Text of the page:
Chipotle's (NYSE:CMG) long, dark night appears to be over. The chain struggled after a 2015 scandal when E. coli outbreaks occurred at a number of its locations. Those struggles appeared to end in 2018 when the company made a major break with its past.

What happened

In late November 2017, Chipotle founder and CEO Steve Ells decided to step aside and become executive chairman of the chain. The company's share price started moving steadily ahead from that moment on.

When former Taco Bell CEO Brian Niccol was given the Chipotle job in mid-February, shares continued to rise. After closing 2017 at $289.03, shares pushed to $431.37 on the final trading day of June, a 49% increase, according to data provided by S&P Global Market Intelligence.

People are in line at a Chipotle.

Chipotle's new CEO wants more people to order digitally. Image source: Chipotle.

So what

Niccol made it clear from the moment of his hiring that he respected the brand and would maintain its quality, but would not be stuck in the past. In a press release, he said:

At Chipotle's core is delicious food, which I will look to pair up with consistently great customer experiences. I will also focus on dialing up Chipotle's cultural relevance through innovation in menu and digital communications. This will attract customers, return the brand to growth, deliver value for shareholders and create opportunities for employees.

The new CEO was not going to offer $1 tacos or partner with snack chips, but he clearly intends to innovate. That includes technical changes like improved ordering technology and adding delivery partners as well as menu innovation.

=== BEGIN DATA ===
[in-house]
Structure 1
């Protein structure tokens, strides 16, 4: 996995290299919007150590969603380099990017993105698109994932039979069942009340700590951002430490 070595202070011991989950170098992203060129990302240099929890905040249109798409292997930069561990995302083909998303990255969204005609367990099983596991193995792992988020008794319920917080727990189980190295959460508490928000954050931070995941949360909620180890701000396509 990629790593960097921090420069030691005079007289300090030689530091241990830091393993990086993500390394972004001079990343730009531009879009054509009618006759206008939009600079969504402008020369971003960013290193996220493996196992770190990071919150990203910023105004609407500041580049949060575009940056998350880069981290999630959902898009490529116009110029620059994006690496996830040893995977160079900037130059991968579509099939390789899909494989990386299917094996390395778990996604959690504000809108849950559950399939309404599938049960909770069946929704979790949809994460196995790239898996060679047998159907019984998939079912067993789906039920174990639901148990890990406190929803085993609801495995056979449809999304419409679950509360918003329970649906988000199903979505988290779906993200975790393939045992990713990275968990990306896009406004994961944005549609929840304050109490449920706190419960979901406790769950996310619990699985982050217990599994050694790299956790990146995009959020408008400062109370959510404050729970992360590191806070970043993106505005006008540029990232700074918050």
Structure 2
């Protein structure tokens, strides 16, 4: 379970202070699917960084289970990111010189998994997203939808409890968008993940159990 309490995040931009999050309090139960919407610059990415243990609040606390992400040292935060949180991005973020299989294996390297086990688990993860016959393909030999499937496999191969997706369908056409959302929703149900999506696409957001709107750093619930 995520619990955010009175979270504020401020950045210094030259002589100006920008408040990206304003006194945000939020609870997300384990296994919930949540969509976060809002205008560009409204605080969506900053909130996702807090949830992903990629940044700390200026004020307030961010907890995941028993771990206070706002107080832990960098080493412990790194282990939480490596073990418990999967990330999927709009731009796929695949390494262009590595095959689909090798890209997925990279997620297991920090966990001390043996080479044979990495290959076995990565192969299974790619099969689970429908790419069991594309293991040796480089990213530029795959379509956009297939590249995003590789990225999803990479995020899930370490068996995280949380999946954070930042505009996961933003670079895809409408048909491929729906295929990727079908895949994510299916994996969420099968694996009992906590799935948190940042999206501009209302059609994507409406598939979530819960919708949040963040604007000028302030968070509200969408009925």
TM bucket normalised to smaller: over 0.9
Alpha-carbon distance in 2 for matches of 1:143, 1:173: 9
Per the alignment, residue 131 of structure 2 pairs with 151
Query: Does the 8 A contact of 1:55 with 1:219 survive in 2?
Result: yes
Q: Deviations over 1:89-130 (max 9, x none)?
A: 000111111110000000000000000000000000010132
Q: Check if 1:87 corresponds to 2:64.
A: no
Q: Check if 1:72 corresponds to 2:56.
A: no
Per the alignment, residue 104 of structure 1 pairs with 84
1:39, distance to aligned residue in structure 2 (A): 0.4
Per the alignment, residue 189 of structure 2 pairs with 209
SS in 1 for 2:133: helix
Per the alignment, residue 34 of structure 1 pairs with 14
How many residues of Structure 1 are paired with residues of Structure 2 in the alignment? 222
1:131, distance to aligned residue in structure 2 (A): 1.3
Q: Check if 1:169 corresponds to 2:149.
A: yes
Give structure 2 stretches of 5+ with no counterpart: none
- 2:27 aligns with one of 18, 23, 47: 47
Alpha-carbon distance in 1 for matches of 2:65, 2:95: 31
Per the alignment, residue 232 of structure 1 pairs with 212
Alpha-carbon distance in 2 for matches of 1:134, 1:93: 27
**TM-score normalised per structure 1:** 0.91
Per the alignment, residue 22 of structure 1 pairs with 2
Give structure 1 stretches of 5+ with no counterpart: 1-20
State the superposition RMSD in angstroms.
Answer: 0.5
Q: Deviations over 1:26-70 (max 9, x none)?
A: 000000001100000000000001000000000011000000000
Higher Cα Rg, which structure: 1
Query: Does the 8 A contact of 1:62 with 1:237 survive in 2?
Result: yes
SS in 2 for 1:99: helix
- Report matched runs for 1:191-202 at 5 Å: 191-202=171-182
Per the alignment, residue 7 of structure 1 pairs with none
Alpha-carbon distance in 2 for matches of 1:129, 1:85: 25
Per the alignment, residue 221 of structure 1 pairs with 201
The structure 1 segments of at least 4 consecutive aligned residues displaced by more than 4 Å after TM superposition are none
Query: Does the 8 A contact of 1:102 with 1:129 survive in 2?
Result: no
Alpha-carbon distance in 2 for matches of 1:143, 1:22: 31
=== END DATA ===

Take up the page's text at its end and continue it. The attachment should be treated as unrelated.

Now what

Niccol has laid out some good ideas and shown that he's not as slow to change as his predecessor. He still has to prove that his changes are going to work.

Chipotle has posted nice sales gains (7.4% revenue growth and 2.2% comparable-store growth in the first quarter), but it will have to maintain that and maybe even increase it going forward. Menu innovation worked well at Taco Bell, but Chipotle has often failed with new items (chorizo and queso being recent examples).

But Niccol isn't flying blind. He's using the company's New York test kitchen, then doing limited rollouts before launching new items. He's doing that at an accelerated pace, and he has promised that the company will have new seasonal and permanent offerings on its menu soon.

It's likely that this strategy will work. Chipotle's menu had become stale in a market where rivals regularly go over the top with innovation. Niccol's company isn't going to offer wacky snack chip tie-ins, but it will be steadily offering new choices to keep consumers interested.